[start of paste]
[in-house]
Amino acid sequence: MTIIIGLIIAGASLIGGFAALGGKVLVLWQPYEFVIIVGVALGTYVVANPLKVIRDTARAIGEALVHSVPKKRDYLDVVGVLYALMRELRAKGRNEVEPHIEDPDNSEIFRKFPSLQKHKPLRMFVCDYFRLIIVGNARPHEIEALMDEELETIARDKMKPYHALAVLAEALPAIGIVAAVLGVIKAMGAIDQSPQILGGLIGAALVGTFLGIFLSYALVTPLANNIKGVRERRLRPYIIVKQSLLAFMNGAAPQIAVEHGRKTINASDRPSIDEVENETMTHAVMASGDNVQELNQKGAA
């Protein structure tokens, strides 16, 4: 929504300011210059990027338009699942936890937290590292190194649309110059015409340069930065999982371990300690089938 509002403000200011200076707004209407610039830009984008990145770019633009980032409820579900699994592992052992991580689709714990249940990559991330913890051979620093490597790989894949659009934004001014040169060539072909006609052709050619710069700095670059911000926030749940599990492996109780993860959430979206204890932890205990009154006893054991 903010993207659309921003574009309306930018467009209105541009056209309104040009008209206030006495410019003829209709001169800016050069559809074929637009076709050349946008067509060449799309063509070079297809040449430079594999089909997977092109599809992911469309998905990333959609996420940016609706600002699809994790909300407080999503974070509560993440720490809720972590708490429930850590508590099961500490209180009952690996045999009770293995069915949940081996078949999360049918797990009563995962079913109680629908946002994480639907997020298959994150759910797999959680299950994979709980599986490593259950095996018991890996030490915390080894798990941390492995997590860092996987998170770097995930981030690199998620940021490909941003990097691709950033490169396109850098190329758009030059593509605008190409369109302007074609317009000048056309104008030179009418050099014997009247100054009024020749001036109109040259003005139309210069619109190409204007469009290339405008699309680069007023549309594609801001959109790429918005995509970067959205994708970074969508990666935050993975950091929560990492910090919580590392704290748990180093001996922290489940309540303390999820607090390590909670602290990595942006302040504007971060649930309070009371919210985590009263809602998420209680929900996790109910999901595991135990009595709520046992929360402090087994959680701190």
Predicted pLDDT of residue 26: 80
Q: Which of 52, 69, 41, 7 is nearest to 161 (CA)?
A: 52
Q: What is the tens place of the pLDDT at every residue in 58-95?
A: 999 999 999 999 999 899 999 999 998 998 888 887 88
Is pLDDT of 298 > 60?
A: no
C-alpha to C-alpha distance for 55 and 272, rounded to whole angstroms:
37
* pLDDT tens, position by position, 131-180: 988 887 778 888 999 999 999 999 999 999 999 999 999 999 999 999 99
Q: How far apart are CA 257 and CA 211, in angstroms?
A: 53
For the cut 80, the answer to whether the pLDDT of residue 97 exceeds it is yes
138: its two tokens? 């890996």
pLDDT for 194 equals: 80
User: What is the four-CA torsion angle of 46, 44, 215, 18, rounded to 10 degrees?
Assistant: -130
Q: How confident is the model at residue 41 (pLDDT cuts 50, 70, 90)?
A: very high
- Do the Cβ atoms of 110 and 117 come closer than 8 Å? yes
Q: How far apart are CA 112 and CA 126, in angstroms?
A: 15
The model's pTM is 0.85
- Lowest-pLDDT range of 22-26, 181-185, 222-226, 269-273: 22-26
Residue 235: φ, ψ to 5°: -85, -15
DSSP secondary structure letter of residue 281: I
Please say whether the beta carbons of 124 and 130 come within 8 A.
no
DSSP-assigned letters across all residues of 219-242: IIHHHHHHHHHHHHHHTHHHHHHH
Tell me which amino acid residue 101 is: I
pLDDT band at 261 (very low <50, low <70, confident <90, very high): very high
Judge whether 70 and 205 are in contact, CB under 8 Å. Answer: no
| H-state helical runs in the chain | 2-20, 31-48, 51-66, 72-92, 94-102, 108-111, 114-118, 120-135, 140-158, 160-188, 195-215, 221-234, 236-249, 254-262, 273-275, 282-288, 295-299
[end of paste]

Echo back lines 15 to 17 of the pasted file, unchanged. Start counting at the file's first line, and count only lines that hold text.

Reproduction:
A: 53
For the cut 80, the answer to whether the pLDDT of residue 97 exceeds it is yes
138: its two tokens? 């890996």